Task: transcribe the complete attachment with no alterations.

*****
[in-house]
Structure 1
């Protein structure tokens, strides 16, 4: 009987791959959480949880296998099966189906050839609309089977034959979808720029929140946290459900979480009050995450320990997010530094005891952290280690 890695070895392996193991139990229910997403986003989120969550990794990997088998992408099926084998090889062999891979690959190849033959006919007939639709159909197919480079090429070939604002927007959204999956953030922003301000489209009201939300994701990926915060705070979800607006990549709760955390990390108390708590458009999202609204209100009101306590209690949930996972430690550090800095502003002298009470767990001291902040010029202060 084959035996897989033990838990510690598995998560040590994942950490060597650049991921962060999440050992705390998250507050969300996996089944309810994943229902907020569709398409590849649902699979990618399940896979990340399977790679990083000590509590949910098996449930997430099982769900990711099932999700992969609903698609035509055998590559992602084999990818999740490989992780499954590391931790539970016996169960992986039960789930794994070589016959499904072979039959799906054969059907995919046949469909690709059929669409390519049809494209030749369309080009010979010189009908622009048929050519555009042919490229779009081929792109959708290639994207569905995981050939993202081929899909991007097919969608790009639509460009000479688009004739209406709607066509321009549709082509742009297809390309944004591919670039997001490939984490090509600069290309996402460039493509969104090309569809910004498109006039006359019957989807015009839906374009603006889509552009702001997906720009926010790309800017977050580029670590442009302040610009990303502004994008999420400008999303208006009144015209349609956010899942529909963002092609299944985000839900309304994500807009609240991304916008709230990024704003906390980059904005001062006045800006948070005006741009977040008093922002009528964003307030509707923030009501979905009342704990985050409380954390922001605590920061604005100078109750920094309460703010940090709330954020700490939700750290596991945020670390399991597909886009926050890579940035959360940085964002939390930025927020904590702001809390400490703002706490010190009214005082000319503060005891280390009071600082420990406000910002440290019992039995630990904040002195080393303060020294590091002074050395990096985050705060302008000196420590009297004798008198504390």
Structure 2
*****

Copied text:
[in-house]
Structure 1
């Protein structure tokens, strides 16, 4: 009987791959959480949880296998099966189906050839609309089977034959979808720029929140946290459900979480009050995450320990997010530094005891952290280690 890695070895392996193991139990229910997403986003989120969550990794990997088998992408099926084998090889062999891979690959190849033959006919007939639709159909197919480079090429070939604002927007959204999956953030922003301000489209009201939300994701990926915060705070979800607006990549709760955390990390108390708590458009999202609204209100009101306590209690949930996972430690550090800095502003002298009470767990001291902040010029202060 084959035996897989033990838990510690598995998560040590994942950490060597650049991921962060999440050992705390998250507050969300996996089944309810994943229902907020569709398409590849649902699979990618399940896979990340399977790679990083000590509590949910098996449930997430099982769900990711099932999700992969609903698609035509055998590559992602084999990818999740490989992780499954590391931790539970016996169960992986039960789930794994070589016959499904072979039959799906054969059907995919046949469909690709059929669409390519049809494209030749369309080009010979010189009908622009048929050519555009042919490229779009081929792109959708290639994207569905995981050939993202081929899909991007097919969608790009639509460009000479688009004739209406709607066509321009549709082509742009297809390309944004591919670039997001490939984490090509600069290309996402460039493509969104090309569809910004498109006039006359019957989807015009839906374009603006889509552009702001997906720009926010790309800017977050580029670590442009302040610009990303502004994008999420400008999303208006009144015209349609956010899942529909963002092609299944985000839900309304994500807009609240991304916008709230990024704003906390980059904005001062006045800006948070005006741009977040008093922002009528964003307030509707923030009501979905009342704990985050409380954390922001605590920061604005100078109750920094309460703010940090709330954020700490939700750290596991945020670390399991597909886009926050890579940035959360940085964002939390930025927020904590702001809390400490703002706490010190009214005082000319503060005891280390009071600082420990406000910002440290019992039995630990904040002195080393303060020294590091002074050395990096985050705060302008000196420590009297004798008198504390």
Structure 2